Police guard a property in Papatoetoe after it was shot at (Photo: RNZ/Marika Khabazi)
Police guard a property in Papatoetoe after it was shot at (Photo: RNZ/Marika Khabazi)

The BulletinMay 26, 2022

Gun control, here and abroad

Police guard a property in Papatoetoe after it was shot at (Photo: RNZ/Marika Khabazi)
Police guard a property in Papatoetoe after it was shot at (Photo: RNZ/Marika Khabazi)

The PM rightly received applause for our ban on semi-automatic weapons yesterday. Back home, police did not answer a question about gangs stockpiling guns, writes Anna Rawhiti-Connell in the Bulletin.

 

Prime minister responds to shooting in US

Yesterday afternoon the prime minister appeared on The Late Show with Stephen Colbert. In the wake of mass shooting in Uvalde, Texas where 19 children were killed, Colbert asked how we had managed to ban semi-automatic weapons so quickly after the Christchurch mosque shootings. Ardern’s response received applause from the audience. As it should. I simply can not put into words how difficult I find the situation in the US to comprehend. There is the magnitude of tragedy and then there is the sense that it will never stop in a country utterly paralysed by the gun lobby.

Police did not answer question about how gangs here continue to stockpile arms  

A few hours before Ardern’s appearance, police superintendent Jill Rogers fronted a press conference here to address the spate of gang-related shootings in Auckland. Asked how the gangs were continuing to stockpile arms, Rogers did not answer. Now, there is a chasm between what has happened in the US and what has happened here, just as there is in our laws and culture around guns and gun control. That we quickly and seemingly simply enacted legislation to ban semi-automatic weapons is absolutely incredible to people in America. On the other hand, the recent shootings here raise questions about guns in our own community.

We don’t currently know who owns guns in New Zealand

Jarrod Gilbert, sociologist and author of Patched: The history of gangs in New Zealand, told RNZ’s Morning Report yesterday morning that a firearms register is an absolute necessity to find out where firearms are going in New Zealand. Gilbert has also helmed research published recently that found laws to combat gangs have almost no impact. There was $210 million for a police firearm’s unit and register allocated in the budget this year. I feel extremely naive saying this but I was genuinely shocked when, at the announcement of the funding, police minister Poto Williams said we’ve had no idea who owns guns and how many they own for 30 years.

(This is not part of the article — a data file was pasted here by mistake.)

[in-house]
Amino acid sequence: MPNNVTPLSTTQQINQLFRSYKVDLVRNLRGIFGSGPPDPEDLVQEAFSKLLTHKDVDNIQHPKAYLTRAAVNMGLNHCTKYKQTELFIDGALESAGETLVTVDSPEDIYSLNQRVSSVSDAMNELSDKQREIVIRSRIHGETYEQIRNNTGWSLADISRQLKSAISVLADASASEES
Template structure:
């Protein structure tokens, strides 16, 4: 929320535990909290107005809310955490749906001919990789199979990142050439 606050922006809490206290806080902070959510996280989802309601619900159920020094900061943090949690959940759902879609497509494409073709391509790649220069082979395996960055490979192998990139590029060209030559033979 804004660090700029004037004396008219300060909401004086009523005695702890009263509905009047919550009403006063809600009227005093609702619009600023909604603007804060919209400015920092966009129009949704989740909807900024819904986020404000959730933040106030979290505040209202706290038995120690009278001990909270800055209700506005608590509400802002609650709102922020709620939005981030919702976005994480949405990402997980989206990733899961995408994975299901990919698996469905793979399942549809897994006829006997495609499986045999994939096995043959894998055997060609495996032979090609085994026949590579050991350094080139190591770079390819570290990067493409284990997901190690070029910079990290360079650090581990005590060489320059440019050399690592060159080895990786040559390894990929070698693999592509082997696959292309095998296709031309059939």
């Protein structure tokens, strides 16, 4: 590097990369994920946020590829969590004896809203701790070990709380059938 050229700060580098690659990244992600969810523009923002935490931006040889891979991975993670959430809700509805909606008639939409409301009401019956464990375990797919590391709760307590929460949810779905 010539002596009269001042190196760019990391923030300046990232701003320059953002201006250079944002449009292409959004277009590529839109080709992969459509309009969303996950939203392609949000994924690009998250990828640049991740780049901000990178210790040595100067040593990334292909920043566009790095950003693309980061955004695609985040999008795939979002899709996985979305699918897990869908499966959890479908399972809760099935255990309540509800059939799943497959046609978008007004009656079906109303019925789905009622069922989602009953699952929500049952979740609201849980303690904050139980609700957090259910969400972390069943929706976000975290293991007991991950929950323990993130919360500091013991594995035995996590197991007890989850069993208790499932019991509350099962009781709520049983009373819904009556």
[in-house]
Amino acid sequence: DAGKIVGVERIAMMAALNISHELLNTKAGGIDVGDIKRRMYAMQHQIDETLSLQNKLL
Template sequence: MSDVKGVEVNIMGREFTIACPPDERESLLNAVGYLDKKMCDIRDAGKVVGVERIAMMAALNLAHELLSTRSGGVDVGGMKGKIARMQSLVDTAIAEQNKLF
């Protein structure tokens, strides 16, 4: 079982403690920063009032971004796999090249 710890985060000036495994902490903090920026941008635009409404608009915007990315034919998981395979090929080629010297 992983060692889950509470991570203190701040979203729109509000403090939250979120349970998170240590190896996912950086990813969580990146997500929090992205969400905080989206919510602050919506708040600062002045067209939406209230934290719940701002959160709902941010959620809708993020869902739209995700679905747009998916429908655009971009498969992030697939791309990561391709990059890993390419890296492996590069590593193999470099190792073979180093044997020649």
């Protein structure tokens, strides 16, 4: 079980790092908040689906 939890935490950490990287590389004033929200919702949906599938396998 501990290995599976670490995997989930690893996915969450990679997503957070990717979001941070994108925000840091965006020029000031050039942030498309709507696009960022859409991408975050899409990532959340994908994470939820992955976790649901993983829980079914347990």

Luxon would ditch firearms register funding

In responding to the news of the shootings in Auckland, National Party leader Christopher Luxon bounced the ball back into the government’s court, saying it needs to stop being soft on crime. Speaking to the AM show yesterday he said he’d reallocate the $210 million for a firearms register into firearms prohibition orders that would give police search warrant powers to go after illegal guns. He also said the country needs a dedicated unit to deal with all gang-related crime. This naturally conjured the spectre of Strike Force Raptor, a proposal the National party floated in 2020 and then backed down on. Police have recently launched Operation Cobalt to tackle growing violence between gangs.

Want to read The Bulletin in full? Click here to subscribe and join over 36,000 New Zealanders who start each weekday with the biggest stories in politics, business, media and culture.  


The Bulletin is made possible by Z Energy, proudly supporting local news that matters.

 Check out how they’re delivering New Zealand an alternative fuel future.

Mad Chapman, Editor
Aotearoa continues to adapt to a new reality and The Spinoff is right there, sorting fact from fiction to bring you the latest updates and biggest stories. Help us continue this coverage, and so much more, by supporting The Spinoff Members.Madeleine Chapman, EditorJoin Members

Get The Spinoff
in your inbox